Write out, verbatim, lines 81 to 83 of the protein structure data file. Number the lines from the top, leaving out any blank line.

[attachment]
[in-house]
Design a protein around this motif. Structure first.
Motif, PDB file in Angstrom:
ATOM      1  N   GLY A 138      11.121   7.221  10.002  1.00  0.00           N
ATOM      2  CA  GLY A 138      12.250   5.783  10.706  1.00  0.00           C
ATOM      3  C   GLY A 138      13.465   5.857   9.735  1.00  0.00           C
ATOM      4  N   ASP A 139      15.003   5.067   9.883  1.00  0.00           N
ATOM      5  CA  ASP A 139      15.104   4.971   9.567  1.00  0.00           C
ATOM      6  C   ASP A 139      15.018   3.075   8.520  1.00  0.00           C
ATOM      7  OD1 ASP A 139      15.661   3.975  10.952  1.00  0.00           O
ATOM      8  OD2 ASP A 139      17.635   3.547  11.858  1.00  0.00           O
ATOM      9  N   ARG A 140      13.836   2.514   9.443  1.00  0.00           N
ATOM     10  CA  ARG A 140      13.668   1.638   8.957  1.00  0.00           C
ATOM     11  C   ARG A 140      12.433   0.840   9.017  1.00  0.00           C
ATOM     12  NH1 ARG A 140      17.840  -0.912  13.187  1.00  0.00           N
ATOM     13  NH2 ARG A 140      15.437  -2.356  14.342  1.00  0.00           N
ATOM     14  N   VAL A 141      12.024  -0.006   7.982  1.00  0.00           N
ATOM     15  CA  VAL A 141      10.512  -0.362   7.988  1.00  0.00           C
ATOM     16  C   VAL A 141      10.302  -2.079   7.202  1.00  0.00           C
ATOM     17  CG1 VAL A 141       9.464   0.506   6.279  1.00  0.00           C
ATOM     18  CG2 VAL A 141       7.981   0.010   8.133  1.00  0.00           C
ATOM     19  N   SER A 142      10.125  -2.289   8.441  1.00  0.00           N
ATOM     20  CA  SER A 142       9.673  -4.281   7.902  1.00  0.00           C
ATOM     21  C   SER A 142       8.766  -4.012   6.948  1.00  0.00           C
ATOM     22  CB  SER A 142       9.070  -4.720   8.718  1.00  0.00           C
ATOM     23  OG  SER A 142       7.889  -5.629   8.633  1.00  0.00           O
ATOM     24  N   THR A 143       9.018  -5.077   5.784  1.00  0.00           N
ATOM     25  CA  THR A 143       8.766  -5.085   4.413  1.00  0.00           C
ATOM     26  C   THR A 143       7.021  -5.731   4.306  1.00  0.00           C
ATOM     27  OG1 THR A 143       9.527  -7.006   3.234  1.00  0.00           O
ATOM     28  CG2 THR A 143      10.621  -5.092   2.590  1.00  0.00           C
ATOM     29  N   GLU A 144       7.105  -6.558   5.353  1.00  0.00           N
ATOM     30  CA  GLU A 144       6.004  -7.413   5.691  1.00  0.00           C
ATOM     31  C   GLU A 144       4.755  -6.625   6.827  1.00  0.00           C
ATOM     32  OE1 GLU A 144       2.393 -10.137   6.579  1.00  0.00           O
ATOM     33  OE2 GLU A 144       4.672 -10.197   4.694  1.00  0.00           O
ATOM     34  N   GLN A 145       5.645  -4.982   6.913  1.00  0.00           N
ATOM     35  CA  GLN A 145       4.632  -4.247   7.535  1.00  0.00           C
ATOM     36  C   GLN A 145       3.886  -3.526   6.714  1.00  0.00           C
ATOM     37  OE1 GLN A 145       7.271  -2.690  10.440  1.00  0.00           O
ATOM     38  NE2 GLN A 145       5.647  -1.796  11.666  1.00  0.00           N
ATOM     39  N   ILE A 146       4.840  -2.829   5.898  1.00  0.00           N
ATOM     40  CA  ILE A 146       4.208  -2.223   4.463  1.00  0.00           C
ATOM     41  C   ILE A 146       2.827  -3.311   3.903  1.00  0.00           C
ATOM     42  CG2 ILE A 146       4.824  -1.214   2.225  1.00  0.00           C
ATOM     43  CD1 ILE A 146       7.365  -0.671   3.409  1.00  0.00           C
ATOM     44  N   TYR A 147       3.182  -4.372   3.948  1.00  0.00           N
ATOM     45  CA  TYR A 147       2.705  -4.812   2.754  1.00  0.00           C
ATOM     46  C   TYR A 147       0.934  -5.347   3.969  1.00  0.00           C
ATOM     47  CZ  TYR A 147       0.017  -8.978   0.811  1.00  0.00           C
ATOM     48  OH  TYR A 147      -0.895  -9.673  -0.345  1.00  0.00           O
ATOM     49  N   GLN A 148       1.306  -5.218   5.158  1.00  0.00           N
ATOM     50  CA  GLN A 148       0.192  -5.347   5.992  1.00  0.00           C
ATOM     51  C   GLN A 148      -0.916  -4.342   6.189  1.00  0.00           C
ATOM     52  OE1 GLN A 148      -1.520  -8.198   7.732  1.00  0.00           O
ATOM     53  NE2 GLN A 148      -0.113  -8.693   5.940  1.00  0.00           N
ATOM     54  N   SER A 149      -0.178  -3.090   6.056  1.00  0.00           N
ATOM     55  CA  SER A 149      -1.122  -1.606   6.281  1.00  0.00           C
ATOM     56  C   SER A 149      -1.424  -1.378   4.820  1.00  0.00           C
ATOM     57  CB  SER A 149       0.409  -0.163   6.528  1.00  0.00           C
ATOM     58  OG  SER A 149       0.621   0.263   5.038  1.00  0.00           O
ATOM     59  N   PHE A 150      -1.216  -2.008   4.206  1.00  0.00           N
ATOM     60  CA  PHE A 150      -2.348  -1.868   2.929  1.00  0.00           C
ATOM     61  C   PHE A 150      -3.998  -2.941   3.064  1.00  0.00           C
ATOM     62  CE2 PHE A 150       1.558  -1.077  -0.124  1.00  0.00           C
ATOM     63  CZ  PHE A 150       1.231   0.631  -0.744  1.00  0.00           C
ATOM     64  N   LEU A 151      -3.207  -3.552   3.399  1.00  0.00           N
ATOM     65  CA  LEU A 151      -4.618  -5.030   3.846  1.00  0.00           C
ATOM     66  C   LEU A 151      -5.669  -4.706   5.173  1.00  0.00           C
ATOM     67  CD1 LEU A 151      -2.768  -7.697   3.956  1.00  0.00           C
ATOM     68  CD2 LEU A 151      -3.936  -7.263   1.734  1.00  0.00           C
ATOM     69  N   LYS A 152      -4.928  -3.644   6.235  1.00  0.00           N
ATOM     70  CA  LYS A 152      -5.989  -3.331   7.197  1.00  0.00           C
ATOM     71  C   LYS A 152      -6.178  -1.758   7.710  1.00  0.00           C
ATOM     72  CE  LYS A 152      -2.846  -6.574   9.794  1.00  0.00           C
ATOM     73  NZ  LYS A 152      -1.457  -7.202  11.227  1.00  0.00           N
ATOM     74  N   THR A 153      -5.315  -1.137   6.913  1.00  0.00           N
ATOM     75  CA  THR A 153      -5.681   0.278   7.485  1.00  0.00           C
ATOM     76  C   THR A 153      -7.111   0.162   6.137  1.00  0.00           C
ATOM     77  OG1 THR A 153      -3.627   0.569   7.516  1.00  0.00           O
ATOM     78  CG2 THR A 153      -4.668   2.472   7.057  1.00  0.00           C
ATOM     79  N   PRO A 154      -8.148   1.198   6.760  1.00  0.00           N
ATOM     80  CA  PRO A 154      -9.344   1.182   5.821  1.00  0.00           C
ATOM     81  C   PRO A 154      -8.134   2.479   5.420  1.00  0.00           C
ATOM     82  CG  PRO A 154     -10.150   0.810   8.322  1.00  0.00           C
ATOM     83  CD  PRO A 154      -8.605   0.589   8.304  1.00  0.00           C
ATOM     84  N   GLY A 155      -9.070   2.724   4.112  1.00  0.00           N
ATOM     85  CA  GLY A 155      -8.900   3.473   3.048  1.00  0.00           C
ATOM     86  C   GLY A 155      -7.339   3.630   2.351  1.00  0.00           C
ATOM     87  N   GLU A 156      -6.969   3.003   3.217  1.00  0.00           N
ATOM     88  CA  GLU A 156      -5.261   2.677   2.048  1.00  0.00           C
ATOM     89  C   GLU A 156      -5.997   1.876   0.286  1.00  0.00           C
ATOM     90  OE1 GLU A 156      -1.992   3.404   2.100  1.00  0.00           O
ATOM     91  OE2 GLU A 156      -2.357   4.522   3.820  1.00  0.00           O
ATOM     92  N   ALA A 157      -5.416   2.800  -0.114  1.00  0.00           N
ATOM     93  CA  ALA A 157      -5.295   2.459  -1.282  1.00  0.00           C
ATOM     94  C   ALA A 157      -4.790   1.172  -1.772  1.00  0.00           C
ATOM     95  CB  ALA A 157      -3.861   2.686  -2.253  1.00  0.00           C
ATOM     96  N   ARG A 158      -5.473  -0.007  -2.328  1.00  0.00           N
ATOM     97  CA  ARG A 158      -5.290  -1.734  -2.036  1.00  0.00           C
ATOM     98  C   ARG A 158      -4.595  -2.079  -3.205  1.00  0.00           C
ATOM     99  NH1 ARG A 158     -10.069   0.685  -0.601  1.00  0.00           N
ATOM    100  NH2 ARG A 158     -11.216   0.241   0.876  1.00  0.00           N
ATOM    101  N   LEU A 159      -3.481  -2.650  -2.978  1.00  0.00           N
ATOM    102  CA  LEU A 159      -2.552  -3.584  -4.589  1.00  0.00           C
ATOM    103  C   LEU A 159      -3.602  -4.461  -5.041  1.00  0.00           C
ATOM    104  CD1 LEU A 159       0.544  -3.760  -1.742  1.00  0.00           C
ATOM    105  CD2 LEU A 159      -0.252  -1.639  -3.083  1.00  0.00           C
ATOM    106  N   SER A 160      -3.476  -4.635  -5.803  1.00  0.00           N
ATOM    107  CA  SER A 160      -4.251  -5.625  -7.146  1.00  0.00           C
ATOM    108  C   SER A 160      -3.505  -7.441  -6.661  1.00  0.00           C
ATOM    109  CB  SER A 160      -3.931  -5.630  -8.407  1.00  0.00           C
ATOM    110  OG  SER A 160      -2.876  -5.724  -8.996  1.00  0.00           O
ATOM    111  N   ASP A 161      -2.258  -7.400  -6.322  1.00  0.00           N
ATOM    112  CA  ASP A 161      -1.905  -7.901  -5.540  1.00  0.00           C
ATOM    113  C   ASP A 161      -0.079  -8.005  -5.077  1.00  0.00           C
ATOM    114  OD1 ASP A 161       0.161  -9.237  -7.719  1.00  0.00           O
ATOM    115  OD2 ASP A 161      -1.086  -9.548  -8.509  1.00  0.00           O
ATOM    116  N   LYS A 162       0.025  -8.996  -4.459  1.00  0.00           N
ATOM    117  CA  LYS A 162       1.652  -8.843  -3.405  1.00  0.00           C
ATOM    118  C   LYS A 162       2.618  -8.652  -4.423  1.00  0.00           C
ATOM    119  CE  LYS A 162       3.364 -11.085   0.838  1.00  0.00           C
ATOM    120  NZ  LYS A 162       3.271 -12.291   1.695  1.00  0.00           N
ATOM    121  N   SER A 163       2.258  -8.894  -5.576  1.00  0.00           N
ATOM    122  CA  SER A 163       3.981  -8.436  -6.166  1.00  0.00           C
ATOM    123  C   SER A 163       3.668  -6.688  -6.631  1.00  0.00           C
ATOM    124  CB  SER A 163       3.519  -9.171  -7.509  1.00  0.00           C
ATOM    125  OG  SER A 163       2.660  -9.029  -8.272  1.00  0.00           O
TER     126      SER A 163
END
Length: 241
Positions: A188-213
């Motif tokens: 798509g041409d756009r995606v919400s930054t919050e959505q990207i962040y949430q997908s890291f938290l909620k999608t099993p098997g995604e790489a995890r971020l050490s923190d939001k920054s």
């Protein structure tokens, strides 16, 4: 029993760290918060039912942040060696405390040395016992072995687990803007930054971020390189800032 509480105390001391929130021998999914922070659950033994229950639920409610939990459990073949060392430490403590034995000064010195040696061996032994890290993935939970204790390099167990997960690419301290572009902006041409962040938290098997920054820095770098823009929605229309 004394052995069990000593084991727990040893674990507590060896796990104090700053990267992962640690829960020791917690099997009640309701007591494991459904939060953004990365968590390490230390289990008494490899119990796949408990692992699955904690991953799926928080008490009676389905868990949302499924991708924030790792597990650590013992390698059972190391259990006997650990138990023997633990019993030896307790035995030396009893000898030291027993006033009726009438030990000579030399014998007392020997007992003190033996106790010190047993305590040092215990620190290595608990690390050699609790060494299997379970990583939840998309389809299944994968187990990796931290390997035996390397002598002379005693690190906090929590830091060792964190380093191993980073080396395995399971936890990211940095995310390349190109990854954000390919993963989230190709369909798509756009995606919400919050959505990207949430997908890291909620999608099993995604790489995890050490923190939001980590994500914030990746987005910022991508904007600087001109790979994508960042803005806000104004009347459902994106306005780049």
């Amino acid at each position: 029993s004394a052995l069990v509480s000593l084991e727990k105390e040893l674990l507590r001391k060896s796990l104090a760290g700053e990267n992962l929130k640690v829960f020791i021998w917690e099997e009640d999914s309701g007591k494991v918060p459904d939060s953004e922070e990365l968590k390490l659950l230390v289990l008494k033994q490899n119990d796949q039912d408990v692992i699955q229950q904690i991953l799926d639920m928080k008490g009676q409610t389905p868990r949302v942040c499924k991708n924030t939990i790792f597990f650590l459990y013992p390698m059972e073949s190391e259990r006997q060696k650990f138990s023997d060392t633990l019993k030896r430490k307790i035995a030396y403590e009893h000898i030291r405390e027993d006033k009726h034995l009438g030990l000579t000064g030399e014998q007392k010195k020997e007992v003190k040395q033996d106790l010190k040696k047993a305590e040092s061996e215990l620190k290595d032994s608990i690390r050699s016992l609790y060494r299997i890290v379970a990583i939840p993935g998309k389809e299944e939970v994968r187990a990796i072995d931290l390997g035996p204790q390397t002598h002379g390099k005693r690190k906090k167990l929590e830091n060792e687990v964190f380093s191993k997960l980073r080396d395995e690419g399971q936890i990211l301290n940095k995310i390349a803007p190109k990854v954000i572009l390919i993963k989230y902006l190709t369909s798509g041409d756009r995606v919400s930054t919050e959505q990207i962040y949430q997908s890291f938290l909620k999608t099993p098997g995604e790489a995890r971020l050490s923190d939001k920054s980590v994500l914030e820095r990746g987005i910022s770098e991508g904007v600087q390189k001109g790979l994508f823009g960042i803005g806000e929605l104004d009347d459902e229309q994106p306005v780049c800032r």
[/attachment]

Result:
ATOM     78  CG2 THR A 153      -4.668   2.472   7.057  1.00  0.00           C
ATOM     79  N   PRO A 154      -8.148   1.198   6.760  1.00  0.00           N
ATOM     80  CA  PRO A 154      -9.344   1.182   5.821  1.00  0.00           C